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State lawmakers at odds over flooding grants

Payne Horning
WRVO News (file photo)
Businesses like Greene Point Marina in Sandy Creek that have been affected by the flooding of Lake Ontario could soon be able to apply for state reimbursements of their damages.

State lawmakers are moving to provide grants to property owners affected by the flooding from Lake Ontario and this year's high rainfall, but they disagree about how to best address the situation.

The state Senate unanimously passed its bill that establishes a $55 million grant program for homeowners, businesses and municipalities damaged from flooding. The bill's sponsor, Sen. Pam Helming (R-Canandaigua), says the state aid would only kick in after other assistance.

"It’s a last resort," Helming said. "So anyone who is making application will have had to exhaust all of their personal flood insurance, federal dollars before they can apply for the grant."

The Senate bill would help those affected by flooding along Lake Ontario, Lake Erie, Lake Champlain and the St. Lawrence River. That's why some assembly members, like Democrat Addie Jenne from the North Country, are pursuing their own grant legislation excluding Lake Erie and Lake Champlain flooding.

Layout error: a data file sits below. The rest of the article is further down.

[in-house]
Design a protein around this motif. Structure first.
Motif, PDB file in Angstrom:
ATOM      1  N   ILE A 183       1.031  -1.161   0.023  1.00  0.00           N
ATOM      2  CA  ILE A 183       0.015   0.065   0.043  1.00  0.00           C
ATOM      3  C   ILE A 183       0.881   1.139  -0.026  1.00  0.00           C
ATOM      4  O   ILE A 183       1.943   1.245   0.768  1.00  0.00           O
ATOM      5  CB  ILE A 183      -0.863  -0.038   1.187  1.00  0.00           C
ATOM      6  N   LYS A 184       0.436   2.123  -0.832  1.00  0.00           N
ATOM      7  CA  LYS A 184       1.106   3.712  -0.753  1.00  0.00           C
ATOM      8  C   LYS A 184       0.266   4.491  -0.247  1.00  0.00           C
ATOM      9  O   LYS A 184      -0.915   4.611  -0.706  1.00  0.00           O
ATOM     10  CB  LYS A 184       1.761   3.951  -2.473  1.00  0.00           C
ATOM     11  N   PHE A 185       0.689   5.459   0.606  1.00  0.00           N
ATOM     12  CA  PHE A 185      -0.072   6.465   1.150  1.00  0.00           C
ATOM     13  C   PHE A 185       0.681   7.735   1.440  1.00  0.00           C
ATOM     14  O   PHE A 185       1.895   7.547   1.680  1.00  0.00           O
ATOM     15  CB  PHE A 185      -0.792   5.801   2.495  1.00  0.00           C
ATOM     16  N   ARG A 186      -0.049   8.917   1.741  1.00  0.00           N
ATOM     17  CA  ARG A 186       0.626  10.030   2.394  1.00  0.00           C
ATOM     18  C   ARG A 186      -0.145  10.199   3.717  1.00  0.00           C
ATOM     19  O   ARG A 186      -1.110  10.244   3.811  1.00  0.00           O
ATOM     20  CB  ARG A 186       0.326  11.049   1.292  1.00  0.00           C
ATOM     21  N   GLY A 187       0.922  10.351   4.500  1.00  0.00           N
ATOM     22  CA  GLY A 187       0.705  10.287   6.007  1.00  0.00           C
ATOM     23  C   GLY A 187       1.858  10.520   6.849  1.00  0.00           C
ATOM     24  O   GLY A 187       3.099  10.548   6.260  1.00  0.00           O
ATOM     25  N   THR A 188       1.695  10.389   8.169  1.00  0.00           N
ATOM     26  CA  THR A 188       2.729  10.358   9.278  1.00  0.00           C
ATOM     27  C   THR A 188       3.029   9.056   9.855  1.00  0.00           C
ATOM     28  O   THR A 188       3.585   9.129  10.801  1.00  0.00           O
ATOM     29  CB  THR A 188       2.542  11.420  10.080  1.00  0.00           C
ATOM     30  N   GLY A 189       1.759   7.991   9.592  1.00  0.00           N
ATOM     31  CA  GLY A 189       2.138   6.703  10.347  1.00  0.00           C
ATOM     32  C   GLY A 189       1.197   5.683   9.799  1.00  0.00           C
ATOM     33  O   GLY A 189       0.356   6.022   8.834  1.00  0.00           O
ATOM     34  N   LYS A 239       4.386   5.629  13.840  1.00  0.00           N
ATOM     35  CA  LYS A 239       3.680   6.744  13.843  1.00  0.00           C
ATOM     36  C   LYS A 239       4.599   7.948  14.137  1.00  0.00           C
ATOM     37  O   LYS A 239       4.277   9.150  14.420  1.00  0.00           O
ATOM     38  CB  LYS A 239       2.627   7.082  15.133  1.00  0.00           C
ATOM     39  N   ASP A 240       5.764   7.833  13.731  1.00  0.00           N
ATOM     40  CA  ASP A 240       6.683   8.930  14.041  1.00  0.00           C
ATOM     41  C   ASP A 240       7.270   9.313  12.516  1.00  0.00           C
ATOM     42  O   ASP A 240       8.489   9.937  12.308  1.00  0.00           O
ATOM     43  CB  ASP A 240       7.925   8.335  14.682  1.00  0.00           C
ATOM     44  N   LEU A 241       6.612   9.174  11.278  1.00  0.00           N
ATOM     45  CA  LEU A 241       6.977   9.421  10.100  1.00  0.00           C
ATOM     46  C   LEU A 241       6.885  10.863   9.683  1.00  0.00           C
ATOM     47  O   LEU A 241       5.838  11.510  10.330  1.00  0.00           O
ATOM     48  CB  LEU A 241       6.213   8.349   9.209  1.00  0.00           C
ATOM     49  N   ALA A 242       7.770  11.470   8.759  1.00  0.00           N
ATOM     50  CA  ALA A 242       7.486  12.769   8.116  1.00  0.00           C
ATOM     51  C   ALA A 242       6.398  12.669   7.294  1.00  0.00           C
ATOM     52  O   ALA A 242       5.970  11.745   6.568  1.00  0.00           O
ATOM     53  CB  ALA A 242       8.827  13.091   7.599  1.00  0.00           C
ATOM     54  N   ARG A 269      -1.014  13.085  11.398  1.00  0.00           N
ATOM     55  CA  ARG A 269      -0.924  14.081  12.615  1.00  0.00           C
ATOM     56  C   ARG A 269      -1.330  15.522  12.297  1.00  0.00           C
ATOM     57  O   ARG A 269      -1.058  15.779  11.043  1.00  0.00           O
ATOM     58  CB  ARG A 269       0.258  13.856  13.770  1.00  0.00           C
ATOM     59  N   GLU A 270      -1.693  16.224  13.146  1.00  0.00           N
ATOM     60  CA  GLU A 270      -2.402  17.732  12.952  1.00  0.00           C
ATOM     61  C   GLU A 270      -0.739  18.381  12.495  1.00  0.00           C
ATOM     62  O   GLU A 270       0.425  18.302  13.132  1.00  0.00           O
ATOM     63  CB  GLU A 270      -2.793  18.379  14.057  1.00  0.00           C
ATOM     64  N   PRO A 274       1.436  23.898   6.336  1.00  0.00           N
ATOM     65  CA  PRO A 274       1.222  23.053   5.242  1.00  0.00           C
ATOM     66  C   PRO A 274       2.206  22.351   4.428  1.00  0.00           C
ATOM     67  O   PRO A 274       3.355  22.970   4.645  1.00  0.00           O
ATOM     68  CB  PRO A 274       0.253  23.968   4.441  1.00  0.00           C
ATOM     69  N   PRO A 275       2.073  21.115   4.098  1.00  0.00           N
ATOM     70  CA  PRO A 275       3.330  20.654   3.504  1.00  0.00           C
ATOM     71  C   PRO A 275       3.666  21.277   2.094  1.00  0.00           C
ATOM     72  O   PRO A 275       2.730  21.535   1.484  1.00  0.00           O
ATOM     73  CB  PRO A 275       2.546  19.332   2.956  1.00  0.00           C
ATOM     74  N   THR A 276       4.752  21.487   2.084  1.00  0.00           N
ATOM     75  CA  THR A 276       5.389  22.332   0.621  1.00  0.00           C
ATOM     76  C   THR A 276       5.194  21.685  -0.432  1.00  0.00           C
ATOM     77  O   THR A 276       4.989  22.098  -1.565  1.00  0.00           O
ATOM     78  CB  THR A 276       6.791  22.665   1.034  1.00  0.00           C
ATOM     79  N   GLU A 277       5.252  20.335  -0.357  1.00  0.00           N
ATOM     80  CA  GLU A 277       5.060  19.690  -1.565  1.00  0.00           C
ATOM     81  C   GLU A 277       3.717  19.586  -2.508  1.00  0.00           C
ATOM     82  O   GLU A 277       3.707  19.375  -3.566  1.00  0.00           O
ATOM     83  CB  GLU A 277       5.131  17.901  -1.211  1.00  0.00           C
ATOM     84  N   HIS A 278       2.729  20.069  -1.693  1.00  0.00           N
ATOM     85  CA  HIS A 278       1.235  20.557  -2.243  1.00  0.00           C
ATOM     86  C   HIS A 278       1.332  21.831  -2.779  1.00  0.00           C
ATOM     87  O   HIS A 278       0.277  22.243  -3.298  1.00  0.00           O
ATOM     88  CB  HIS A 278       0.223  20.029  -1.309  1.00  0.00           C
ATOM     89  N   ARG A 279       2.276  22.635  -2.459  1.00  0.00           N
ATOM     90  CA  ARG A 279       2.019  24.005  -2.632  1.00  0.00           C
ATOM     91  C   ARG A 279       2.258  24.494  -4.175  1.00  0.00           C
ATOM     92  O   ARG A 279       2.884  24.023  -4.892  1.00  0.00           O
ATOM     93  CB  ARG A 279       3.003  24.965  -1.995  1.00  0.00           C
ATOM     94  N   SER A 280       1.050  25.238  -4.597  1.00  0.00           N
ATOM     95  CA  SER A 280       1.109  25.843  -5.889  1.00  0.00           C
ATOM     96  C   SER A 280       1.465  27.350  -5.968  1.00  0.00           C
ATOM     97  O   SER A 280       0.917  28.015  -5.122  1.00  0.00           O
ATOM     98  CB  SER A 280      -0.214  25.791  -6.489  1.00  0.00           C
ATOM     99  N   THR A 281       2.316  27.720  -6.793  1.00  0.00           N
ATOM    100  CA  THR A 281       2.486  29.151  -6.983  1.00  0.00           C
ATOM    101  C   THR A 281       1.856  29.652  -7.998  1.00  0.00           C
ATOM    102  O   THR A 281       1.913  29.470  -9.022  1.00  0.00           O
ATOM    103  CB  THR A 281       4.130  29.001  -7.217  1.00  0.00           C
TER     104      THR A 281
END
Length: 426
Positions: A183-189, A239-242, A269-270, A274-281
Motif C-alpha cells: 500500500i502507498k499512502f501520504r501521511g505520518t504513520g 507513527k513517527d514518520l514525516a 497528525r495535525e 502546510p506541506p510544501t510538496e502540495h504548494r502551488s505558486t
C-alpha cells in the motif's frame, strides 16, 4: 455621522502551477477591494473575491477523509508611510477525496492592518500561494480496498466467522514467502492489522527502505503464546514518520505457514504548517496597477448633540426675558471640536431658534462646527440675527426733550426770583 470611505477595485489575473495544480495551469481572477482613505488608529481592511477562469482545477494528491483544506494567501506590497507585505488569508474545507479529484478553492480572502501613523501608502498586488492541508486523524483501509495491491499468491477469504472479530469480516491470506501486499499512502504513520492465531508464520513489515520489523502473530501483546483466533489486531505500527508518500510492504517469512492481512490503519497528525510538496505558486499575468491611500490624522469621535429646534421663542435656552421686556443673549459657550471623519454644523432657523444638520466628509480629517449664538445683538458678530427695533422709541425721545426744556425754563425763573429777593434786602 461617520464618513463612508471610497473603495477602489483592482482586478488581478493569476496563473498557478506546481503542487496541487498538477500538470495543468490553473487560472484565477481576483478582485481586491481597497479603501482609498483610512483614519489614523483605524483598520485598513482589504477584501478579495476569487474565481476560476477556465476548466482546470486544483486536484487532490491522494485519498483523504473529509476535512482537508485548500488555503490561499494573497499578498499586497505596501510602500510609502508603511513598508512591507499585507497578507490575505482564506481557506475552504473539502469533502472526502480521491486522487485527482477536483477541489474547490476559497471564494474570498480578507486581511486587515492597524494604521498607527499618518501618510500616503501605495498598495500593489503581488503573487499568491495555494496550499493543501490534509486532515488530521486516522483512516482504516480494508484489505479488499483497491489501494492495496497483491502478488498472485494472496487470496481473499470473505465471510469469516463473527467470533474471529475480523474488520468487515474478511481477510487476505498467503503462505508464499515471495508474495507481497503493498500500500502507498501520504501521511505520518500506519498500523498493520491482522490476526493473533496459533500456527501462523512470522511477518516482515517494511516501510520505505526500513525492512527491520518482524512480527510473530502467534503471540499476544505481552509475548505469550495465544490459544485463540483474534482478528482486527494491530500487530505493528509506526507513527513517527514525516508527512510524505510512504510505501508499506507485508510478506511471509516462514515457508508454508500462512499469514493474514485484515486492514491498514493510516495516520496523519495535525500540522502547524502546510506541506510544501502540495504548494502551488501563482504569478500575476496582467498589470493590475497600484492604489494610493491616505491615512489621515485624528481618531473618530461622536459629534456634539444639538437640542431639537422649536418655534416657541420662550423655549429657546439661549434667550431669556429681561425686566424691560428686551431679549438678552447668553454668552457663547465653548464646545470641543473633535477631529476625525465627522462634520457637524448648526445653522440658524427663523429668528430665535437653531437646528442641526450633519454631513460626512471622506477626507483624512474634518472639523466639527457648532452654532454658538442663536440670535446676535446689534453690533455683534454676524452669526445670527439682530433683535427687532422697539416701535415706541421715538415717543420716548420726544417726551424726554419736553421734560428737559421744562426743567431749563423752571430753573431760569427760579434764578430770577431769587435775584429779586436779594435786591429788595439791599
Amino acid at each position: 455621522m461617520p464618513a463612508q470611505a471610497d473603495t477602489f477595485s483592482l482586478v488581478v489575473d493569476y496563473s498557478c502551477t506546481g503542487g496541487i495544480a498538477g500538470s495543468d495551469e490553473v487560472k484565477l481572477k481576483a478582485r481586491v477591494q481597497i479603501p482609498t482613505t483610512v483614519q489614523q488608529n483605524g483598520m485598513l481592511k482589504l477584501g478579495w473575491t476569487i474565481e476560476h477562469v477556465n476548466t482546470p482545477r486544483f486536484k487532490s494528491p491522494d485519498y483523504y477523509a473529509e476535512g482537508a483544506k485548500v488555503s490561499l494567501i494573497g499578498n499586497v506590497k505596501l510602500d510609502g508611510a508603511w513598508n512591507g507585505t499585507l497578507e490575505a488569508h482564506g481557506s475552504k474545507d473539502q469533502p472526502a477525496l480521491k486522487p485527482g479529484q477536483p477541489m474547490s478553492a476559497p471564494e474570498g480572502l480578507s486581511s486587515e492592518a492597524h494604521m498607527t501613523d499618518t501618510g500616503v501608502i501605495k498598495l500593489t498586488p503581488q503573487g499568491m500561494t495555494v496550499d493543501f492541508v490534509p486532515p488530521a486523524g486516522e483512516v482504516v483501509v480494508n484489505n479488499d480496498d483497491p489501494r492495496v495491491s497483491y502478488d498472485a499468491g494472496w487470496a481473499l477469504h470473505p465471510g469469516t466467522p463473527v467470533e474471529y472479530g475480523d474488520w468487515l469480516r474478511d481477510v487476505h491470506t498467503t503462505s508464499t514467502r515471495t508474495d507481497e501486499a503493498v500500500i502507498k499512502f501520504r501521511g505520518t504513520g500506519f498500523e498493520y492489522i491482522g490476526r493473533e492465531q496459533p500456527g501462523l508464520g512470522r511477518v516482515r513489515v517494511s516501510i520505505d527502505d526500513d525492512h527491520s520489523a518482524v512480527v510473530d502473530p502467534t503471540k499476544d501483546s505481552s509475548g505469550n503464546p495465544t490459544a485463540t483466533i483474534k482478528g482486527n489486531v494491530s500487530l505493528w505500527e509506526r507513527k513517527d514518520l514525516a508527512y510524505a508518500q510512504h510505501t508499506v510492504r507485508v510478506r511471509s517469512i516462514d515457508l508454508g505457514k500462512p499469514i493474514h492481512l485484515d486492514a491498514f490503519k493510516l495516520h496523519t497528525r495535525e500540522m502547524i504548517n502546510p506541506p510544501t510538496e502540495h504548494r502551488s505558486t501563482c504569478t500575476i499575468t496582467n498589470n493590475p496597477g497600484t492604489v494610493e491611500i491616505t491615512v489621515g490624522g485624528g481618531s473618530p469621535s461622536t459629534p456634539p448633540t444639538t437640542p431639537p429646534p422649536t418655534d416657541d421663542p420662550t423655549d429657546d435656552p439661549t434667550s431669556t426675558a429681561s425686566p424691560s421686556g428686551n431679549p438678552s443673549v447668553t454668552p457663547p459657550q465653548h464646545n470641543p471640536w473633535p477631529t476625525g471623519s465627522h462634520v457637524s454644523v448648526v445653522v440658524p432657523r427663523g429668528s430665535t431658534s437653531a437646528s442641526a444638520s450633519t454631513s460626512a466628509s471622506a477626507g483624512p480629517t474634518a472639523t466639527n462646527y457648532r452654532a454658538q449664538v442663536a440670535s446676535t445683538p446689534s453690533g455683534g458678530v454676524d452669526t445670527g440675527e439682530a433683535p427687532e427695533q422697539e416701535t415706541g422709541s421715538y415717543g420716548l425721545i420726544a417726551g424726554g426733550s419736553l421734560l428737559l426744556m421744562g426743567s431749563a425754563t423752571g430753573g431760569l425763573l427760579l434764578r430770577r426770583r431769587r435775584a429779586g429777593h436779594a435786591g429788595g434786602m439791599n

"I am not certain they have been impacted to the degree that we have been on Lake Ontario and the St. Lawrence River, so the Assembly bill tightens up the geography that's impacted and has access to these funds to the communities that have really been the most impacted," Jenne said. 

But Helming says the flooding has had far-reaching consequences for many New Yorkers.

"The infrastructure problems that these communities are experiencing don’t just impact people who live along the lake," Helming said. "The impacts to sewer systems, to drinking water systems, they impact a much larger area."

The Assembly's bill calls for $105 million in grants, including money for future flooding mitigation renovations.

"I think this sends a clear message that mitigation should be part of it and that the extent of the damage is more than maybe what the Senate has put it," Jenne said.  

Meanwhile, Gov. Andrew Cuomo says he is pursuing his own legislation that he seemed to indicate will be more narrow in focus.

"We want to help people, we are a compassionate state, when there’s an emergency we come together, but I want to make sure we are helping the right people in the right areas and we are doing a factual determination," Cuomo said. 

The governor has already approved $10 million in grants for municipalities and $5 million for small businesses.

Payne Horning is a reporter and producer, primarily focusing on the city of Oswego and Oswego County. He has a passion for covering local politics and how it impacts the lives of everyday citizens. Originally from Iowa, Horning moved to Muncie, Indiana to study journalism, telecommunications and political science at Ball State University. While there, he worked as a reporter and substitute host at Indiana Public Radio. He also covered the 2015 session of the Indiana General Assembly for the statewide Indiana Public Broadcasting network.